BRISBANE, Australia, Sept. 24 (UPI) -- Mega mines planned for the Australian state of Queensland would adversely affect the region's water supply, a new report says.
The report, "Draining the Life-blood," by the anti-mining Australian network Lock the Gate, examines nine coal mines proposed for the Galilee Basin that would involve a total 34 open cut pits and 15 underground mines along a 168- mile area.
Together, the proposed coal mines, which are expected to produce more than 300 million tons of coal annually, "have the potential to cause permanent and unacceptable impacts on regional groundwater and surface water," the report states.
The Lock the Gate report, released Monday, is based on publicly available environmental impact statements for five of the mines, with those figures used as a benchmark for the impact of the other four mines. The study was overseen by former senior Queensland government officer Tom Crothers, who served as the state's general manager of Water Planning and Allocation.
The report estimates that the nine mines would need 13 billion to 18 billion gallons of water each year for washing coal and other operations.
"This is a desert region that's highly dependent on groundwater, so dozens of farming properties will be impacted by these mines, as will the people in the towns of Alpha and Jericho," Ellie Smith, Lock the Gate coordinator, told The Guardian newspaper.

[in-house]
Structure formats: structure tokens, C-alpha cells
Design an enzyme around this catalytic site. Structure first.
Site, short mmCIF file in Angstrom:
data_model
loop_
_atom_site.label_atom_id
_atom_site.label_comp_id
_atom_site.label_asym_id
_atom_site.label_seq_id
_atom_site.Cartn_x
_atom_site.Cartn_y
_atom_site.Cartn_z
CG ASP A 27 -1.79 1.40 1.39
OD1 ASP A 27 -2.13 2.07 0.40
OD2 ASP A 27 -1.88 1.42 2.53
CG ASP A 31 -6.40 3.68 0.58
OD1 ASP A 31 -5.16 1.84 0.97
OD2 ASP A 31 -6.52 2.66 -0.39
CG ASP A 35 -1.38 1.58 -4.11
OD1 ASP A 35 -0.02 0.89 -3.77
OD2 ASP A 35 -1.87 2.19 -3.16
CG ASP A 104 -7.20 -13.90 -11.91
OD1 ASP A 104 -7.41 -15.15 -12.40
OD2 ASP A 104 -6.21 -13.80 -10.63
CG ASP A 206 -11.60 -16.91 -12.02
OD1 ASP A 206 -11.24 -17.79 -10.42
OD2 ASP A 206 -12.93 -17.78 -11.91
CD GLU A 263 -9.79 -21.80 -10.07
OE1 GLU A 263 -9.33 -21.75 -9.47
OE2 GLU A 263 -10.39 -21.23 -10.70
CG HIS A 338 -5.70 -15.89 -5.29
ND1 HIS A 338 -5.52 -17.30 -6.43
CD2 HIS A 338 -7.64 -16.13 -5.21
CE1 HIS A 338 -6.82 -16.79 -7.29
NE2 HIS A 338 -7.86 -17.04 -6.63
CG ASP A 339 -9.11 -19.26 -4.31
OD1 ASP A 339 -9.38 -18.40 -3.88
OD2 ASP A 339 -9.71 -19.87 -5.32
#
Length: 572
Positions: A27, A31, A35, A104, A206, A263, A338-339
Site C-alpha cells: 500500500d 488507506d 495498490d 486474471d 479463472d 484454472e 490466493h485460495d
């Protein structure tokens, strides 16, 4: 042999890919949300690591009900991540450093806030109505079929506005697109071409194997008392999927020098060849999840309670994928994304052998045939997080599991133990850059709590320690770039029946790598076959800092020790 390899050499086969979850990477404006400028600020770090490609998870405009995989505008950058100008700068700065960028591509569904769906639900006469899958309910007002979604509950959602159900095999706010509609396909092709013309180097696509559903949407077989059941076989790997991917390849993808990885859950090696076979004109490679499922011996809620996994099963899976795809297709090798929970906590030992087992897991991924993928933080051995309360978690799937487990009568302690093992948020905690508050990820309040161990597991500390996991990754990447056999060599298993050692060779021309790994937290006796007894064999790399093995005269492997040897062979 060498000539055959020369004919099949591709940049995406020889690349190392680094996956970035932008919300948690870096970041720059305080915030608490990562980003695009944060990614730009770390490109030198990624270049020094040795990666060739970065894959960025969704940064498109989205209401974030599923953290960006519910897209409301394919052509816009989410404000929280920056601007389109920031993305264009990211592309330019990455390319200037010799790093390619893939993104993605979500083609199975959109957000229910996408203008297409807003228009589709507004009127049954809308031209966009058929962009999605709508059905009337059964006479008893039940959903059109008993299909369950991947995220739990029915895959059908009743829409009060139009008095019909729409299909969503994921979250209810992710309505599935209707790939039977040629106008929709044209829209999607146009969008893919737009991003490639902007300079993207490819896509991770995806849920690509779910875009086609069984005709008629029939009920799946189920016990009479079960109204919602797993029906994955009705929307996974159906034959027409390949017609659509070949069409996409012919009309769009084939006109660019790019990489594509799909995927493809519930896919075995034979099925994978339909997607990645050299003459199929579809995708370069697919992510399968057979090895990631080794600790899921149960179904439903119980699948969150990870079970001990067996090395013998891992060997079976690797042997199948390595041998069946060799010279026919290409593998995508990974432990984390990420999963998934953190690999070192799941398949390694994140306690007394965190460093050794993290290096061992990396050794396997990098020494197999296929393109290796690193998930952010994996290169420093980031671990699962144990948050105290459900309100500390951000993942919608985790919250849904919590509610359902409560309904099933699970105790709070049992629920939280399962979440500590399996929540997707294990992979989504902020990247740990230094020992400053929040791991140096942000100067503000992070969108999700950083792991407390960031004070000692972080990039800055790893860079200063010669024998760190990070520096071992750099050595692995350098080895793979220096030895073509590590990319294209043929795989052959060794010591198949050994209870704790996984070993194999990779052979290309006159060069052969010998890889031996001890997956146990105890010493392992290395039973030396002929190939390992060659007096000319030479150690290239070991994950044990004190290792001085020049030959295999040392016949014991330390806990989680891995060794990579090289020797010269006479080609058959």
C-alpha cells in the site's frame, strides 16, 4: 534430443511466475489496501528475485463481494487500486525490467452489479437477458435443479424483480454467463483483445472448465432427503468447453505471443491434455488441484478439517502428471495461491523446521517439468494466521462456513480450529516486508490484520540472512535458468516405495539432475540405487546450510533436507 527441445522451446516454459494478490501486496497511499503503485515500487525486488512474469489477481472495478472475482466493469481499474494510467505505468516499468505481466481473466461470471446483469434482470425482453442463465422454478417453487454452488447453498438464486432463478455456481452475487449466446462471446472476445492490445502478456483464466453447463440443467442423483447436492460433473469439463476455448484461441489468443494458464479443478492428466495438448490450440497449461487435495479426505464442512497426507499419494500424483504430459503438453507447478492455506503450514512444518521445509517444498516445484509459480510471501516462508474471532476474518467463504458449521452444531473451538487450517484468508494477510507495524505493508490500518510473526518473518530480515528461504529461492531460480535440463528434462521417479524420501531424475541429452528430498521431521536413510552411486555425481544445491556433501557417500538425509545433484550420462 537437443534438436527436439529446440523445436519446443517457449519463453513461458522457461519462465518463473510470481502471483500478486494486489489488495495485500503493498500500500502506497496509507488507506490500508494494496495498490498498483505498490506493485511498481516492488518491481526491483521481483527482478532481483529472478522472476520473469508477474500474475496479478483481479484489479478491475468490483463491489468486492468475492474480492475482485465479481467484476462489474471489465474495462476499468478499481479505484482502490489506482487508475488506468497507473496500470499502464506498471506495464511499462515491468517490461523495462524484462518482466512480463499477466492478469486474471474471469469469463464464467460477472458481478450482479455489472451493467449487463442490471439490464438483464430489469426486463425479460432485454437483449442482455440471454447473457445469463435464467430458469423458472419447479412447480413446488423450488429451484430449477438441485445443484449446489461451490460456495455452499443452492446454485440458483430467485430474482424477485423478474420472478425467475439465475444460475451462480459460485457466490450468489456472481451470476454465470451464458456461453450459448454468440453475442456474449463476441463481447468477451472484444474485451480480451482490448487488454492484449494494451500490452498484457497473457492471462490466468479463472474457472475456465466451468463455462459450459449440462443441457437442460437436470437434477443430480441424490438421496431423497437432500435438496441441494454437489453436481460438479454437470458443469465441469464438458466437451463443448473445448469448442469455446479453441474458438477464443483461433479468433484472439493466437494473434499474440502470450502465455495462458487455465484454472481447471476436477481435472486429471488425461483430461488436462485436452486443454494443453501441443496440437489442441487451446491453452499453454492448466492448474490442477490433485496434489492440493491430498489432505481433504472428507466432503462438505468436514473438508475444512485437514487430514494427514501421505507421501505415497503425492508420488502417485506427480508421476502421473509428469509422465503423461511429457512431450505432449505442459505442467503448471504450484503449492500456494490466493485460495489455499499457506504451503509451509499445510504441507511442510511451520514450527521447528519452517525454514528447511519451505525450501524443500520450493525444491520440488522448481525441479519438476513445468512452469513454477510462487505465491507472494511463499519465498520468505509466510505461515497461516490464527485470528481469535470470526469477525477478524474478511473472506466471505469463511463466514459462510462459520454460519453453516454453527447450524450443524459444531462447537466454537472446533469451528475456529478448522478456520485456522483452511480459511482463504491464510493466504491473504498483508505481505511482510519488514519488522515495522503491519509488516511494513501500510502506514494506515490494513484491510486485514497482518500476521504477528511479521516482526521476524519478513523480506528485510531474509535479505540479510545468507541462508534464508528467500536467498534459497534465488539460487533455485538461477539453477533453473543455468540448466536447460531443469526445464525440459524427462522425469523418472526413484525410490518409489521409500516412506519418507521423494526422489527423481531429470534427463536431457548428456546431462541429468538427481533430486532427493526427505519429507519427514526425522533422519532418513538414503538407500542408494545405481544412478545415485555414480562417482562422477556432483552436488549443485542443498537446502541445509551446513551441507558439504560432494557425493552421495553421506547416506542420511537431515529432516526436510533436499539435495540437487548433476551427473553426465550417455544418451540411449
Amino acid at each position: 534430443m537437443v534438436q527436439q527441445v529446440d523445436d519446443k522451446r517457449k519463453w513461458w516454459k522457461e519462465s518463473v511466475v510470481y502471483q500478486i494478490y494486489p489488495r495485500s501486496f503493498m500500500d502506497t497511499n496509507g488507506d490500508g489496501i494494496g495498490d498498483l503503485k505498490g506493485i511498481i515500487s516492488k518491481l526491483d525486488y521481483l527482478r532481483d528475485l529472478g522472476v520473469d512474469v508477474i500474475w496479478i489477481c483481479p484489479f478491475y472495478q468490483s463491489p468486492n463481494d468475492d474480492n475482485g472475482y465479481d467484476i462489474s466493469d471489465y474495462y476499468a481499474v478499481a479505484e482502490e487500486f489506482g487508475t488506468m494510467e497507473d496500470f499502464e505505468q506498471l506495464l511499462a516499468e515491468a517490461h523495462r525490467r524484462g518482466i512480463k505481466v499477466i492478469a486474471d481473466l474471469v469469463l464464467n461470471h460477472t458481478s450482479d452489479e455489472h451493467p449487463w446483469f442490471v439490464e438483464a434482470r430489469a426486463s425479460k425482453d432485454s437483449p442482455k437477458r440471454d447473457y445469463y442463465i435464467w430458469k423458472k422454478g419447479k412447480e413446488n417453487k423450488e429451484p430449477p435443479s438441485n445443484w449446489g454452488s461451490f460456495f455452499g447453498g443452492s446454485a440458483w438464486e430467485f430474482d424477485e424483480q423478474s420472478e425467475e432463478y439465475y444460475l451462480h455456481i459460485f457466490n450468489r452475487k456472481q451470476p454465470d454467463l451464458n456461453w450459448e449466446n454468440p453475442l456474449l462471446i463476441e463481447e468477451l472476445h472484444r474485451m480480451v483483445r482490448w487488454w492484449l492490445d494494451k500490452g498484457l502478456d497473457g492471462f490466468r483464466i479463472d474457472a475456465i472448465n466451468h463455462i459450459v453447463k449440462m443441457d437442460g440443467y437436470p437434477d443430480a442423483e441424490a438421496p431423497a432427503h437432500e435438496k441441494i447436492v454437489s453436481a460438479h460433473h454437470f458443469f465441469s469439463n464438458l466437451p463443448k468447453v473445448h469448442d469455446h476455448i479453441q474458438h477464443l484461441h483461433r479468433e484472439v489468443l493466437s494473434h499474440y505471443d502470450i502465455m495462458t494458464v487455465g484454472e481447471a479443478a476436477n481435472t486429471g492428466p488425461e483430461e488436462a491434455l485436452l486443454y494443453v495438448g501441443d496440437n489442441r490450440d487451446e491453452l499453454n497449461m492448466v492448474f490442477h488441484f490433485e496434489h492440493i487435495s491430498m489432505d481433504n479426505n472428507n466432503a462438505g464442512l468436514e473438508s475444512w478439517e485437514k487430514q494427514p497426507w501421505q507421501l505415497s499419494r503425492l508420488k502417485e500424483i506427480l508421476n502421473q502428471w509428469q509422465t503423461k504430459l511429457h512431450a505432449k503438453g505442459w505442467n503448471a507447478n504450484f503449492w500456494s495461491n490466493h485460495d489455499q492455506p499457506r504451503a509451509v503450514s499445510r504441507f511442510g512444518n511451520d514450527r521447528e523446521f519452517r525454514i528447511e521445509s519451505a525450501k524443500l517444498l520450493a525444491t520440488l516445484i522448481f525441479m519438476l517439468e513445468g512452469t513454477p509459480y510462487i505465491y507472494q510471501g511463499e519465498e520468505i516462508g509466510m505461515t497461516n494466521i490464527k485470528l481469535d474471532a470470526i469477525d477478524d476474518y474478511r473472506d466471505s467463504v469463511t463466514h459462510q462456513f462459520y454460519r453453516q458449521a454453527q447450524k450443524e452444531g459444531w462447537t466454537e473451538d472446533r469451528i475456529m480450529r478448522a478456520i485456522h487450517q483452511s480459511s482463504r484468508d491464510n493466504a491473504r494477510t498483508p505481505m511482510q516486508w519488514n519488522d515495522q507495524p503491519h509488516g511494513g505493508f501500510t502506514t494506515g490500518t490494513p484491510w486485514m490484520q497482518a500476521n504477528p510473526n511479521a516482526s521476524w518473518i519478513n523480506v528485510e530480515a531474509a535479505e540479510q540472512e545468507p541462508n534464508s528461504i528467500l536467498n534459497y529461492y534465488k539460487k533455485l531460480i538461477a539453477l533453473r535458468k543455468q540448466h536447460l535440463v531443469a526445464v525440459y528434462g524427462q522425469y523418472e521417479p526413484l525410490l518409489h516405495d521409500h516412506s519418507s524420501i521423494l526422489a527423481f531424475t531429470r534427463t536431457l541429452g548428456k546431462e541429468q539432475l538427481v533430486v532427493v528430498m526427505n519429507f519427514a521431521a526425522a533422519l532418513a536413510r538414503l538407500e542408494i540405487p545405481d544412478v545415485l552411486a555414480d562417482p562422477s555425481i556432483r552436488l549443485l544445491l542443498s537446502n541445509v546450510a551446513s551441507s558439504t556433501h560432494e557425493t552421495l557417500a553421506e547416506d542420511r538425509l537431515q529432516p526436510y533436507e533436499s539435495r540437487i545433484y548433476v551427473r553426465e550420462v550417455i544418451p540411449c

The Guardian report notes that Queensland's cattle industry is now experiencing a lack of water, and some experts have warned that 80 percent of the state could be in drought within weeks.
The Queensland Resources Council, a representative body for the Australian state's coal industry, acknowledged that the extreme development scenario underpinning the Lock the Gate report could be a useful planning tool in working towards a regional solution to future water supply issues in the Galilee Basin.
However, the council noted in a statement, the report "seeks to portray the instantaneous development of the Galilee Basin as a done deal when only one project has moved through the stringent environmental approvals process."
Jeff Seeney, the deputy premier of Queensland, was critical of the report, saying a "rigorous" approval process would soon be supplemented by new monitoring of groundwater systems.
"Lock the Gate and [its president] Drew Hutton are against any resource development ... and are working constantly to undermine industries which provide tens of thousands of jobs to Queenslanders and substantial revenue to the state and federal governments," Seeney was quoted as saying by The Guardian.